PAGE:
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Trump's Truth Social Plagued by Challenges: Everything You Need to Know

Photo illustration of Donald Trump and a phone screen showing his Truth Social app
Truth Social became available for download on Apple's App Store in February. 
Stefani Reynolds/Getty Images

What's happening

Trump's social media platform Truth Social has been plagued by several problems since its release in February.

Why it matters

The app's woes show how tough it is to launch an alternative to apps such as Facebook and Twitter, which booted Trump from its platforms last year over concerns about inciting violence in the wake of the Jan. 6 Capitol Hill riots.

Donald Trump's social media platform Truth Social continues to face an uphill battle.

Reuters, which published a special report last week about the social media startup, outlined some of the company's biggest challenges as it tries to compete with tech giants such as Facebook and Twitter. Citing anonymous sources, the news outlet noted that Trump Media & Technology Group, or TMTG, has strayed away from corporate partners and employees in Silicon Valley, where many people have liberal views. A number of companies and workers also don't want to work with a business tied to Trump, the former US president, whose controversial remarks got him booted from social media platforms. 

In addition to the report, the company planning to merge with TMTG has come under more legal scrutiny. That firm, Digital World Acquisition Corp., revealed last week that a New York federal grand jury issued subpoenas in June to the company's board of directors and to TMTG. The court order asks for some of the same documents the US Securities and Exchange Commission has also requested.

TMTG didn't respond to a request for comment. The group said in a press release that it'll cooperate with oversight that supports the SEC and that its team is working "tirelessly to sustain Truth Social's rapid growth, onboard new users, and add new features."

Truth Social's February rollout was bumpy. Some people who downloaded the app saw error messages when they tried to create an account, while others were placed on a lengthy waitlist. Key executives have left the company. Truth Social topped Apple's charts for free apps several times, including the week in April that Elon Musk struck a deal to buy Twitter for $44 billion. Since then, it's dropped in popularity. Last week, Truth Social was No. 31 in free social networking apps, but it's no longer ranked on the top free apps chart.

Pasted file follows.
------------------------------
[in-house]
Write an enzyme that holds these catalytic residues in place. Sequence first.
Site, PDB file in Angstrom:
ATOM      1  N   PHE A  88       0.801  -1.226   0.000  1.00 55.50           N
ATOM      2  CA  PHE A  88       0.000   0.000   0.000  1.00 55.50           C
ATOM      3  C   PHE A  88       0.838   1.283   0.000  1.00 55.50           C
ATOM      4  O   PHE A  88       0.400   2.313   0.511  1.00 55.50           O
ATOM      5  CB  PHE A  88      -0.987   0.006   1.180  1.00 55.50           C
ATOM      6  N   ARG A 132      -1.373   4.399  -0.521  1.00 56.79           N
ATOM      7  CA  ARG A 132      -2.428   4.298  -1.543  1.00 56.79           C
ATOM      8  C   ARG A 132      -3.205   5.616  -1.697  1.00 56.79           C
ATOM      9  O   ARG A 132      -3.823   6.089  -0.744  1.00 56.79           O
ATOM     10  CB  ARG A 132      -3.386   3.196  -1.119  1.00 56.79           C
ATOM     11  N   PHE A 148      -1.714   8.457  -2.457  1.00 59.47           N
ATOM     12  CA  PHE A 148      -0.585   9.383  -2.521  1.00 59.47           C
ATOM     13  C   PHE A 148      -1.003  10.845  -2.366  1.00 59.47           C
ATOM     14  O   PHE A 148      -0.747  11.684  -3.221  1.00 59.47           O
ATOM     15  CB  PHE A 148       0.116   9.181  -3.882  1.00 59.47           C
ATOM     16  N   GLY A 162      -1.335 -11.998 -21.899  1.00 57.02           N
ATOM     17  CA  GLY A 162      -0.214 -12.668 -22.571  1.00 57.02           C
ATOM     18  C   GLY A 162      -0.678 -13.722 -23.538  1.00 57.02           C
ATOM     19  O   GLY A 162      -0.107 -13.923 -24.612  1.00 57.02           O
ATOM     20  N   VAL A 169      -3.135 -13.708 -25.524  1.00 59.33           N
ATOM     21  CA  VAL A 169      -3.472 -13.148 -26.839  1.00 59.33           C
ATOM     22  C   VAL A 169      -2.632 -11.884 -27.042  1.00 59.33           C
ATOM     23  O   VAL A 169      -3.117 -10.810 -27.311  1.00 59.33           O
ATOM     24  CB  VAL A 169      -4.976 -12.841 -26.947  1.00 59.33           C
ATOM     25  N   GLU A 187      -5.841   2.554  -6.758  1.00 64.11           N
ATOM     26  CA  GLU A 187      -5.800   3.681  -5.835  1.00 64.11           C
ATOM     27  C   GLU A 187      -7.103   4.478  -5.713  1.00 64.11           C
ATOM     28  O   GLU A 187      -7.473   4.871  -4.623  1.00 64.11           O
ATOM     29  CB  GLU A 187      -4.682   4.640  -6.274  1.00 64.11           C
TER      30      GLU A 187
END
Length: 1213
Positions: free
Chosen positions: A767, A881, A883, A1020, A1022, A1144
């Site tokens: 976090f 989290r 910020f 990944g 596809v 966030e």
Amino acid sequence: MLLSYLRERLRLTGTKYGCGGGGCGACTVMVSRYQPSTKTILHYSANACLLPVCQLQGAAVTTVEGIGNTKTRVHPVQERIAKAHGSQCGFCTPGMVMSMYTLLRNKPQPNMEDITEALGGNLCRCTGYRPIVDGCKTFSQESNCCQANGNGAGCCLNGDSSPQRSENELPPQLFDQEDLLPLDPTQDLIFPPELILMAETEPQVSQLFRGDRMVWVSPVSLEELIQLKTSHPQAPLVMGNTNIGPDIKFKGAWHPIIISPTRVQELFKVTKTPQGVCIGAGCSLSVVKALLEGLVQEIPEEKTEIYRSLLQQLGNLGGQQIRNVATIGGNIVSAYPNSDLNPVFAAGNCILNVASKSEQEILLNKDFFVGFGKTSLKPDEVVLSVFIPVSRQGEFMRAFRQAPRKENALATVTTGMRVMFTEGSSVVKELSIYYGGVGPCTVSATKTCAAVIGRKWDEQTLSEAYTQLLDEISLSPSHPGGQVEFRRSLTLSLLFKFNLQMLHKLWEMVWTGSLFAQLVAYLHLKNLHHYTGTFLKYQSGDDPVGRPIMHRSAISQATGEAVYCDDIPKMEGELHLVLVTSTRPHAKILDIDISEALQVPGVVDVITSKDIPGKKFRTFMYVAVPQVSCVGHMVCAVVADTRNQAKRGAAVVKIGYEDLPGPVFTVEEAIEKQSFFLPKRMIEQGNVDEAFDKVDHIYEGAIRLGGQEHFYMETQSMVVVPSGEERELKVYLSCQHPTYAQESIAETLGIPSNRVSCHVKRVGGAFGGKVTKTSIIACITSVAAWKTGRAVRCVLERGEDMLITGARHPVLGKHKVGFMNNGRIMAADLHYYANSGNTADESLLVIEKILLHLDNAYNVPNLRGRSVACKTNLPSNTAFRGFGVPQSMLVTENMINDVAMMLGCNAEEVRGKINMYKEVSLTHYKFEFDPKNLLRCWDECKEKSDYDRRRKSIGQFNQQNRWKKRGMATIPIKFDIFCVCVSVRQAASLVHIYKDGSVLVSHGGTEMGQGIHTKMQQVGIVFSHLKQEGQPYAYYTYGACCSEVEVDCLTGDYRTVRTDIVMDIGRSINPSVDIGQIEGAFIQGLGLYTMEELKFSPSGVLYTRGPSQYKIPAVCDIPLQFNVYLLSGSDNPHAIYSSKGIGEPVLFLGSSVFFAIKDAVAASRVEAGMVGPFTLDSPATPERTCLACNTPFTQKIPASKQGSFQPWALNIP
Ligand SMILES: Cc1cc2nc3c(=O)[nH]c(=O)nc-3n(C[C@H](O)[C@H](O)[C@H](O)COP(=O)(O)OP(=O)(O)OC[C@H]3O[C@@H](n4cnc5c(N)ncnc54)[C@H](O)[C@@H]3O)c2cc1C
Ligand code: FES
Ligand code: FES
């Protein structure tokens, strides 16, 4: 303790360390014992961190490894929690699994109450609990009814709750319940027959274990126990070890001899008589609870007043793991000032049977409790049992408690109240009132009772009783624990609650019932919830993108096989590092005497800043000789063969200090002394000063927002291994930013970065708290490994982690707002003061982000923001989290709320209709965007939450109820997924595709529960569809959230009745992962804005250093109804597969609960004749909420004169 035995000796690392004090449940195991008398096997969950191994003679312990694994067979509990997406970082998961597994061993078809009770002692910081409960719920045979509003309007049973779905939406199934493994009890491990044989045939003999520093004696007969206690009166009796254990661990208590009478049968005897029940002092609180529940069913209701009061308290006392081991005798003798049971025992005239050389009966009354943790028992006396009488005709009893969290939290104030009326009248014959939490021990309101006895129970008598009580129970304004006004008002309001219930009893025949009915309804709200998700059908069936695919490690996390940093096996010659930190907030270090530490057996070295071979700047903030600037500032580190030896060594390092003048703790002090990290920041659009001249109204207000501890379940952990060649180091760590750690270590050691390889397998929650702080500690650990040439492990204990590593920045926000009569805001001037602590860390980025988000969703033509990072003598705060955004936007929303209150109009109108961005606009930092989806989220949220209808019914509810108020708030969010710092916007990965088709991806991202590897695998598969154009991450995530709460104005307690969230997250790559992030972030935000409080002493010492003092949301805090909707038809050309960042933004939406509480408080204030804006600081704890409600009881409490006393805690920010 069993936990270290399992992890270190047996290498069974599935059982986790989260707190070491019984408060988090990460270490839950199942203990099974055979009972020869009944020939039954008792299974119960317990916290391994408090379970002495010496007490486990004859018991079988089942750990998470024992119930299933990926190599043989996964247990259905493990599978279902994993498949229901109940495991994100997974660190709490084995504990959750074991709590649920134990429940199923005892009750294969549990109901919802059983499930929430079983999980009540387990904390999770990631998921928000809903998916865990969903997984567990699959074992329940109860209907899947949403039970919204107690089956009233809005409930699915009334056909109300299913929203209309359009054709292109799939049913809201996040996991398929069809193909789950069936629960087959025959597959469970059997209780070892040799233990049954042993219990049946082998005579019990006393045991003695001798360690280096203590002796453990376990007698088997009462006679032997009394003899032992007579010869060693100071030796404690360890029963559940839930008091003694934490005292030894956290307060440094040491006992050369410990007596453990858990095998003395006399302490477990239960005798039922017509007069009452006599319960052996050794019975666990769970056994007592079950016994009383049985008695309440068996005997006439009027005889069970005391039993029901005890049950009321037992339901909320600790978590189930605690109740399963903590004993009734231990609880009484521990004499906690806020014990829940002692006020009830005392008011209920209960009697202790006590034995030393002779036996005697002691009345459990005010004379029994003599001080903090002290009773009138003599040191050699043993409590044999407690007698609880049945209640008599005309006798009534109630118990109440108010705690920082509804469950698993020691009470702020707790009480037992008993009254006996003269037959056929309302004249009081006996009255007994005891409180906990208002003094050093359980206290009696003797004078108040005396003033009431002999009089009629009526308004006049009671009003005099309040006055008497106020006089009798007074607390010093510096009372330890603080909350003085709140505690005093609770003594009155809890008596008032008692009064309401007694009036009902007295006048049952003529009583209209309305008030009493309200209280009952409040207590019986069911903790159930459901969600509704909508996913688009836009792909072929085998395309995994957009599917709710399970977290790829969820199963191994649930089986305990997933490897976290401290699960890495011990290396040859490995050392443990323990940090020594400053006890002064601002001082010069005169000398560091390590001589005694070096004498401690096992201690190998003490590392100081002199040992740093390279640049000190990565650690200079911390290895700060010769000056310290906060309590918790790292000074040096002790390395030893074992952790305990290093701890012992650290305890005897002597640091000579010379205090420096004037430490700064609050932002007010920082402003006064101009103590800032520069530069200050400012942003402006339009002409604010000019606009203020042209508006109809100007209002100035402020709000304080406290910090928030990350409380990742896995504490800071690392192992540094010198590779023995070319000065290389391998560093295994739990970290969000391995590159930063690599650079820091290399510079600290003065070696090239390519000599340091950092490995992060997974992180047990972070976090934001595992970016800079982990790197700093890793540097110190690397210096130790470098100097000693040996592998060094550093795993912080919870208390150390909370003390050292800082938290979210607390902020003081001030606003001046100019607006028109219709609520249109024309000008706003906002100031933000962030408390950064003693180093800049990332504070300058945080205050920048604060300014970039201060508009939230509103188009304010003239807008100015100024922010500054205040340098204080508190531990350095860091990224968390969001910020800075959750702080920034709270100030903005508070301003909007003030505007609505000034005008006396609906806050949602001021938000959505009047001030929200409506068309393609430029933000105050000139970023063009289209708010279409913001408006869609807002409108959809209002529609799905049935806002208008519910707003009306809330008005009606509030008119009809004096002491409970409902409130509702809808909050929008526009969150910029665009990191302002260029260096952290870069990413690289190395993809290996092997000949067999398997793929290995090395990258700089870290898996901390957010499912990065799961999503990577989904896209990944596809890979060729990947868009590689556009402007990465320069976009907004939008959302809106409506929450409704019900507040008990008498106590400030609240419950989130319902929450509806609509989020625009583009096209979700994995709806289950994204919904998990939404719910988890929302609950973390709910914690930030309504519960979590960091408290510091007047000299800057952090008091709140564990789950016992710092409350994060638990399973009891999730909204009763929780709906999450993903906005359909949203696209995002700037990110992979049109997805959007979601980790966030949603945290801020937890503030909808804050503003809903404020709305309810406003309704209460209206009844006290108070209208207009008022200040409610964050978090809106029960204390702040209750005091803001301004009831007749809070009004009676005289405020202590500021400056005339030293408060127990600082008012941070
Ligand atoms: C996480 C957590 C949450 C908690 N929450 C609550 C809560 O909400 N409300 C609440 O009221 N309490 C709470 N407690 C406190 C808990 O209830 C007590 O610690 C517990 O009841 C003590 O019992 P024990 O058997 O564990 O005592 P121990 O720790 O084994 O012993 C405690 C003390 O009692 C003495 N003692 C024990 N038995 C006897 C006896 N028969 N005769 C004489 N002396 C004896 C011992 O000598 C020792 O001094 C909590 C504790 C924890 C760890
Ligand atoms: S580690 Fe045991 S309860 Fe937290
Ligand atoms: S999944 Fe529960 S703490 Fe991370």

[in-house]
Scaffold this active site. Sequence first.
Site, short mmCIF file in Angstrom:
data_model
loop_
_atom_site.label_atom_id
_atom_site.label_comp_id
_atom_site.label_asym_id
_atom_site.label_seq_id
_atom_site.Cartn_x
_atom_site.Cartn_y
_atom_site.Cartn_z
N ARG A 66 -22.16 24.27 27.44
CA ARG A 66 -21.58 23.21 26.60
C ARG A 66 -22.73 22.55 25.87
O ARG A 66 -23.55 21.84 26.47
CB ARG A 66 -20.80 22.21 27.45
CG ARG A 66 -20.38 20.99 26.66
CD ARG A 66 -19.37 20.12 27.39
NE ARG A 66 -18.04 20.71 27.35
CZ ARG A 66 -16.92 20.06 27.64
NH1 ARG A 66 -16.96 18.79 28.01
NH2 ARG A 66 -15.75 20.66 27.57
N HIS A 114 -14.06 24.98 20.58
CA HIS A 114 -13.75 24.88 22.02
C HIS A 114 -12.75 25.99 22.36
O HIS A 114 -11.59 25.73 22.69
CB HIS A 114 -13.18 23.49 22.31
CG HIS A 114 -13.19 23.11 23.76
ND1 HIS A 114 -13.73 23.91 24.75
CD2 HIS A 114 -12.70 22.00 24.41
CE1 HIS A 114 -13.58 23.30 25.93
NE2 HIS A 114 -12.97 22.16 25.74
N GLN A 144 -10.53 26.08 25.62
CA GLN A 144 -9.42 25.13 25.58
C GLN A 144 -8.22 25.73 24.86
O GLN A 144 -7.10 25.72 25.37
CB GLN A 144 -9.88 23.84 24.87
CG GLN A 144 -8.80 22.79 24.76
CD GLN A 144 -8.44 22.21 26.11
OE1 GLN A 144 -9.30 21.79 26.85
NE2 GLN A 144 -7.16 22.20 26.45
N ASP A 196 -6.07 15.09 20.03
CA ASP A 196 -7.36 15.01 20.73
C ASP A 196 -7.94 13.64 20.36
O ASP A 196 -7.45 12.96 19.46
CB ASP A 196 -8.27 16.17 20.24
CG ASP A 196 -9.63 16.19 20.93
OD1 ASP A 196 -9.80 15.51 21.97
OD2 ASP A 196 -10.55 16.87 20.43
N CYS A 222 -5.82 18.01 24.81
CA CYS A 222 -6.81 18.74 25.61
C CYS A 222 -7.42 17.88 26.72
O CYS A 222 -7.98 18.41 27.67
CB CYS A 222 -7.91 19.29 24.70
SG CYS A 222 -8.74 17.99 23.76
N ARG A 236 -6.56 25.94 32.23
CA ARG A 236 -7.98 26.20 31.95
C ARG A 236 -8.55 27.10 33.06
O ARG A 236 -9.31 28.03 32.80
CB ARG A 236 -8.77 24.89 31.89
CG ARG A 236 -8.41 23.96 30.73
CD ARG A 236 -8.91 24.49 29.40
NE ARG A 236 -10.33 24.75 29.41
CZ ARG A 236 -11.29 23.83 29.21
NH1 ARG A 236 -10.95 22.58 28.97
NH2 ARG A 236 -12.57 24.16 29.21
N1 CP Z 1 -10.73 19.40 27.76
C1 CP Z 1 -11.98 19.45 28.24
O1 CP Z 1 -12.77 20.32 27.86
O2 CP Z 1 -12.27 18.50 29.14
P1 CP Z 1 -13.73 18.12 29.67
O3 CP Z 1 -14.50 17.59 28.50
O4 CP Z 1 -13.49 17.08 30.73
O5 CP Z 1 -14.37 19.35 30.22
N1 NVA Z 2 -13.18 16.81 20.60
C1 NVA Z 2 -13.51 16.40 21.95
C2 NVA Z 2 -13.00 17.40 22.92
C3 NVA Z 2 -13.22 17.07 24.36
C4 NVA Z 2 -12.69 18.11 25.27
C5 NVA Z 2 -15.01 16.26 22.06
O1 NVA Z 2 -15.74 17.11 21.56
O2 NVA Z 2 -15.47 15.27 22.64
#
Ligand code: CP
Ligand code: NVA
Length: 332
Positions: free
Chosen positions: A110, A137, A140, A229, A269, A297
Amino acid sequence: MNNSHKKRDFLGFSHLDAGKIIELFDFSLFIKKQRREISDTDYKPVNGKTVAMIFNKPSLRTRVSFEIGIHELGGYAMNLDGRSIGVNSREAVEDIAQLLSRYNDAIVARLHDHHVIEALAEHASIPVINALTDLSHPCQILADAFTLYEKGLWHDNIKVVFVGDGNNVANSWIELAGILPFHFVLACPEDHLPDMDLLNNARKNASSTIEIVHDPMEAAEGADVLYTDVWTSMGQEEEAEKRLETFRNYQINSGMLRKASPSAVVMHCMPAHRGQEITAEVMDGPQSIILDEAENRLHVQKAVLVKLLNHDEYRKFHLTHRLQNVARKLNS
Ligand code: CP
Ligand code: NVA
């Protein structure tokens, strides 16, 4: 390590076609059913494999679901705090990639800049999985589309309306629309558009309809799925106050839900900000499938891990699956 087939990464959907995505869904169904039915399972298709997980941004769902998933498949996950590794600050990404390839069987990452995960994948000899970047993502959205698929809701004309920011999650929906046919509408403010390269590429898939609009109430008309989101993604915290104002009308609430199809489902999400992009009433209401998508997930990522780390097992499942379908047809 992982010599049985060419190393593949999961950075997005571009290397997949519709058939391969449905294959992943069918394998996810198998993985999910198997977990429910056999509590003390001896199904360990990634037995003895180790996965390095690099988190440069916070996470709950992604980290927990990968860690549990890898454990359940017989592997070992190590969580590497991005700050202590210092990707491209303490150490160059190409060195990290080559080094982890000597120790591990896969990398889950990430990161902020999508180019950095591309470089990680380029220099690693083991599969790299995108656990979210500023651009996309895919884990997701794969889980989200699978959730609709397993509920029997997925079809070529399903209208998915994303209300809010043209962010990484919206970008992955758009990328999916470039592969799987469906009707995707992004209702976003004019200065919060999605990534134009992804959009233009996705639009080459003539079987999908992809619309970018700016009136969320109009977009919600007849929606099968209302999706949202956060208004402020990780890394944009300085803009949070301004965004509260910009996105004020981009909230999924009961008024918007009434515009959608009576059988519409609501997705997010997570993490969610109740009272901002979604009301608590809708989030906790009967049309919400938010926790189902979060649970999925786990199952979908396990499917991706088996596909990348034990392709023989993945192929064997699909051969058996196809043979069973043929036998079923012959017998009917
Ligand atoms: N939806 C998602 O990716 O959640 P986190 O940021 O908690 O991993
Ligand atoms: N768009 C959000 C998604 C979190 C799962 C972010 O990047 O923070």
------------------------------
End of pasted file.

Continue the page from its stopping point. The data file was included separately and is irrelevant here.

Truth Social could've given Trump, who was kicked off of Twitter and Facebook last year, a new social media megaphone. Truth Social's woes, though, have shown how tough it is to build an alternative to Twitter and Facebook. Truth Social's audience is much smaller than those of platforms like Facebook and Twitter that have been around for years. Trump had 89 million followers on Twitter and 34 million followers on Facebook. On Truth Social, he has 3.4 million followers. 

Here's what you need to know about Truth Social:

Why did Trump launch his own social media app?

Tech platforms such as Facebook and Twitter made the rare move last year to bar Trump, a sitting president, from its services because of concerns his remarks would incite more violence after the deadly Jan. 6 Capitol Hill riots. Trump used these social networks to push baseless claims of election fraud after Joe Biden won the 2020 US presidential election.

When these companies suspended Trump, the former US president also lost his ability to reach millions of people. 

In October 2021, TMGT announced it would launch a new social network, called Truth Social, that would roll out in the first quarter of 2022. 

"What makes Truth Social different!? We are a social media platform that is free from political discrimination," reads the app's description. Social media companies have long denied allegations that they intentionally censor conservative speech, noting that they have rules against hate speech and inciting violence.